How to handle Flexible Spending Account


G

George Earl

How is everyone handling medical Flexible Spending Accounts?

Do you create a new account for each year or do you use the same
account from year to year?

Thanks!


George
(e-mail address removed)
 
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D

Dick Weaver

George said:
How is everyone handling medical Flexible Spending Accounts?

Do you create a new account for each year or do you use the same
account from year to year?

Thanks!
As someone else observed in this newsgroup years ago, there are actually
two accounts needed to track FSA. The year begins with a transfer from
one account (liability) to the other (asset) of the amount you have
specified for the year. The liability account is your obligated
payments to the plan, reduced by your monthly payroll deductions. The
asset account is used to track reimbursements; when it goes to zero
expect the plan adminstrator to stop making reimbursements (don't stop
asking, just stop expecting). Note that this exactly matches the real
world, where the entire balance is available for reimbursement the 1st
day even though you have made no payroll deductions yet.

If you combine the two in one account, then you don't know either the
remaining balance for reimbursements nor how much you still owe the
plan.

I'd use the same two accounts each year. Since, for example, 2005 plan
transactions can take place early in 2006, I'd date any prior year
transactions 12/31 of that year and put the actual date in the memo
field. Alternately you could have two pairs of accounts, one for even
years, one for odd years.

I suspect most people use one account and trust(!) their plan
administrator to keep better records.

dick w
 
G

George Earl

As someone else observed in this newsgroup years ago, there are actually
two accounts needed to track FSA. The year begins with a transfer from
one account (liability) to the other (asset) of the amount you have
specified for the year. The liability account is your obligated
payments to the plan, reduced by your monthly payroll deductions. The
asset account is used to track reimbursements; when it goes to zero
expect the plan adminstrator to stop making reimbursements (don't stop
asking, just stop expecting). Note that this exactly matches the real
world, where the entire balance is available for reimbursement the 1st
day even though you have made no payroll deductions yet.
Thanks, Dick.

I think I understand this.

I created a liability account and an asset account.

In the liability account I entered the beginning balance as a transfer
of the specified amount for the year into the FSA asset account.

In the split transaction for my biweekly paycheck I have the deduction
for my FSA linked to the liability account so that the balance in the
liability account automatically decreases every two weeks.

When I receive a reimbursement payment from my FSA I enter it as a
deposit into my checking account which is linked to the asset account
so that the balance in the asset account decreases with each
reimbursement.

It looks to me like that works. Does it sound right?


George
(e-mail address removed)
 
A

Alan

yes - I keep one account - and only care that the balance goes to zero by
end of year. I budget zero also for that account.
My plan admin shows ongoing balance - and I keep an eye on it and be sure
all my reimbursements come in

alan
 
G

George Earl

yes - I keep one account - and only care that the balance goes to zero by
end of year. I budget zero also for that account.
My plan admin shows ongoing balance - and I keep an eye on it and be sure
all my reimbursements come in

alan
This is how I did it the last two years in Q99. Now that I have
upgraded to Q2006 I'm going to try Dick's two account method.
:)



George
(e-mail address removed)
 
M

Margaret Wilson

A couple years ago, Dick advised me on the two account method, and I
have to say that it's painless and lets me keep tabs on $$ going in and
out without my having to think about it.

Regards,

Margaret
 
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O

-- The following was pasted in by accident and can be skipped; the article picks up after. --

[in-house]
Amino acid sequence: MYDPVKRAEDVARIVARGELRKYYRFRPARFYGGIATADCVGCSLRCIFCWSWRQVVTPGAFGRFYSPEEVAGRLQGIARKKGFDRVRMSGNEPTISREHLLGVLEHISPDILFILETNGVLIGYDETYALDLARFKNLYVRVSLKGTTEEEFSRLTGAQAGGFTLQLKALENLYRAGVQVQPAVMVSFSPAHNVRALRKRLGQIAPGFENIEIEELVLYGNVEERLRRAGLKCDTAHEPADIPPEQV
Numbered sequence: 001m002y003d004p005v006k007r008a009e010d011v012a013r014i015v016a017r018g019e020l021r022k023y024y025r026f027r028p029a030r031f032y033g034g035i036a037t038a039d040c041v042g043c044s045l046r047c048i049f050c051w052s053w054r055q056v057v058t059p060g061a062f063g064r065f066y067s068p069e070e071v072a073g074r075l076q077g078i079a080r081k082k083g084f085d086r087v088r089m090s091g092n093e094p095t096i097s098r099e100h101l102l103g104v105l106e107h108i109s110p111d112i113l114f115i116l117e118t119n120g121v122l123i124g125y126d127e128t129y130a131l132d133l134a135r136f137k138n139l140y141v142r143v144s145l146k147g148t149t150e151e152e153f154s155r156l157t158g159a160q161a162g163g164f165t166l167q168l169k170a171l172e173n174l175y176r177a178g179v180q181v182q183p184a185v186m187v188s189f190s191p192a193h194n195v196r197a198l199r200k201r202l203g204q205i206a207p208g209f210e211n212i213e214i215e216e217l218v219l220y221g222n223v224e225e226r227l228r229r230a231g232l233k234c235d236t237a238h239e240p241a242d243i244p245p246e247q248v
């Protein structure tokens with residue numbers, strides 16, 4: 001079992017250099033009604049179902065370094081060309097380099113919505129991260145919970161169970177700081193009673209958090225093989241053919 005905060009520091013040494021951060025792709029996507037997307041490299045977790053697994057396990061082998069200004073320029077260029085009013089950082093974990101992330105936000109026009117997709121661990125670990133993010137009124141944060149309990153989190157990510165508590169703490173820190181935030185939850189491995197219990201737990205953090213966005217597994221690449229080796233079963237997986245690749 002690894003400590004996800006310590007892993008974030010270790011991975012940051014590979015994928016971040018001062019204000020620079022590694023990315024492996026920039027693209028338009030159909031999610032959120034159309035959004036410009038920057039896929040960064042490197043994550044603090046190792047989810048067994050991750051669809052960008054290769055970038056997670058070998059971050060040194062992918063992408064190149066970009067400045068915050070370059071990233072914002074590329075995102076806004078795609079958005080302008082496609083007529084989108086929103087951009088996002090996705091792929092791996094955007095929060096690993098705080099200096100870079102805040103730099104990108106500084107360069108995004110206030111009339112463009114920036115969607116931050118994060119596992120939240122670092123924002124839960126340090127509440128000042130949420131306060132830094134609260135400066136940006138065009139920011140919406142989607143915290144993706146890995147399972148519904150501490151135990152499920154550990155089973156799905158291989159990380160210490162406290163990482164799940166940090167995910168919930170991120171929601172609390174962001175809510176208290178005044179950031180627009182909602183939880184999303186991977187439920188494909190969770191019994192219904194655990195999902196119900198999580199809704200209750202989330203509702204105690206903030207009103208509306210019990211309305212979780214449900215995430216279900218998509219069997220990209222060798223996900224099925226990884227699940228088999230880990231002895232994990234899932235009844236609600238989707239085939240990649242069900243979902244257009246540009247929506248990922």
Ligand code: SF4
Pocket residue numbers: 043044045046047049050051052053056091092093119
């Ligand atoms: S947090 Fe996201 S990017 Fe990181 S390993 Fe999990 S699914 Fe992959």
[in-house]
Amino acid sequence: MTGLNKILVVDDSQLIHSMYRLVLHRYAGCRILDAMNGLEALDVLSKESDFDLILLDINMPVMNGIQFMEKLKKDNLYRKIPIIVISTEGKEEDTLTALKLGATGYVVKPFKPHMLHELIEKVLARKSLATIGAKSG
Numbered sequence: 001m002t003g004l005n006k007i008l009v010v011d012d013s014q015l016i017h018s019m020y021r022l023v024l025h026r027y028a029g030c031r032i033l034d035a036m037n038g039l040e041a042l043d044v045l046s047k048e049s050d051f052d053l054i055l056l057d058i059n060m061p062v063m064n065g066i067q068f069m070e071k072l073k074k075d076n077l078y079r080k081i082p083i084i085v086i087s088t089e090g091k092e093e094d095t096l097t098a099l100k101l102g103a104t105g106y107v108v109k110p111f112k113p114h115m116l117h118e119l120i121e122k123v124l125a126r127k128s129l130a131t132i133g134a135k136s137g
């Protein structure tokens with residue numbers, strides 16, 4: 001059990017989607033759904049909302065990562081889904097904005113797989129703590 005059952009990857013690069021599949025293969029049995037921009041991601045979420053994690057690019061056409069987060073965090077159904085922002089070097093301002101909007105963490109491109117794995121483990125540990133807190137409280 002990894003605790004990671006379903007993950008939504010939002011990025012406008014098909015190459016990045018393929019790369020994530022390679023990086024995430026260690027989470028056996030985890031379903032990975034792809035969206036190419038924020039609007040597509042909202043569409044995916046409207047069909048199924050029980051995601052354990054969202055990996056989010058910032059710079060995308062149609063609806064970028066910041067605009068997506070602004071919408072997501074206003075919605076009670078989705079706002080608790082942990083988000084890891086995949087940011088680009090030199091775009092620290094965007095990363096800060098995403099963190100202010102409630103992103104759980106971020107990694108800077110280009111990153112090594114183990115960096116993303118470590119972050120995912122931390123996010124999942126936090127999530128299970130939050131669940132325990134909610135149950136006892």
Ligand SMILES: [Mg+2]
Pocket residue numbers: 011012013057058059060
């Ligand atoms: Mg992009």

Oilcan

I use the one account method (treat it like a Cash Account) and write
off (OMG) any differences at the end of the year.
 
D

Dick Weaver

George said:
...[snip]
In the split transaction for my biweekly paycheck I have the deduction
for my FSA linked to the liability account so that the balance in the
liability account automatically decreases every two weeks.

When I receive a reimbursement payment from my FSA I enter it as a
deposit into my checking account which is linked to the asset account
so that the balance in the asset account decreases with each
reimbursement.

It looks to me like that works. Does it sound right?
Our only difference is probably the vocabulary used; where you write
"linked" I'd write about "transfers". The payroll deduction is a
transfer to the liability account; a reimbursement is a transfer
from the asset account to the checking account.

And, if you are claiming a medical expense tax deduction, don't forget
the two year-end adjustment entries.

dick w
 
A

Andrew

Dick said:
As someone else observed in this newsgroup years ago, there are
actually two accounts needed to track FSA. The year begins with a
transfer from one account (liability) to the other (asset) of the
amount you have specified for the year. The liability account is
your obligated payments to the plan, reduced by your monthly payroll
deductions. The asset account is used to track reimbursements; when
it goes to zero expect the plan adminstrator to stop making
reimbursements (don't stop asking, just stop expecting). Note that
this exactly matches the real world, where the entire balance is
available for reimbursement the 1st day even though you have made no
payroll deductions yet.

If you combine the two in one account, then you don't know either the
remaining balance for reimbursements nor how much you still owe the
plan.

I'd use the same two accounts each year. Since, for example, 2005
plan transactions can take place early in 2006, I'd date any prior
year transactions 12/31 of that year and put the actual date in the
memo field. Alternately you could have two pairs of accounts, one for
even years, one for odd years.

I suspect most people use one account and trust(!) their plan
administrator to keep better records.

dick w
So Dick, I assume at the end of a year, one might have to 'zero' out the
asset account as if there is any residual balance in the asset account, you
lost it (At least for Health Care Reimbursement accounts).

I do a a question - you say "If you combine the two in one account, then you
don't know either the remaining balance for reimbursements ". That isn't
true, is it?. If I set up my asset account and simply say the original
balance is, for example, $1,000.00, and track reimbursements against it, I
*do* see the declining balance that shows me 'how much I have left'. Am I
missing something?

For the past year, I too used the single account - I have the paycheck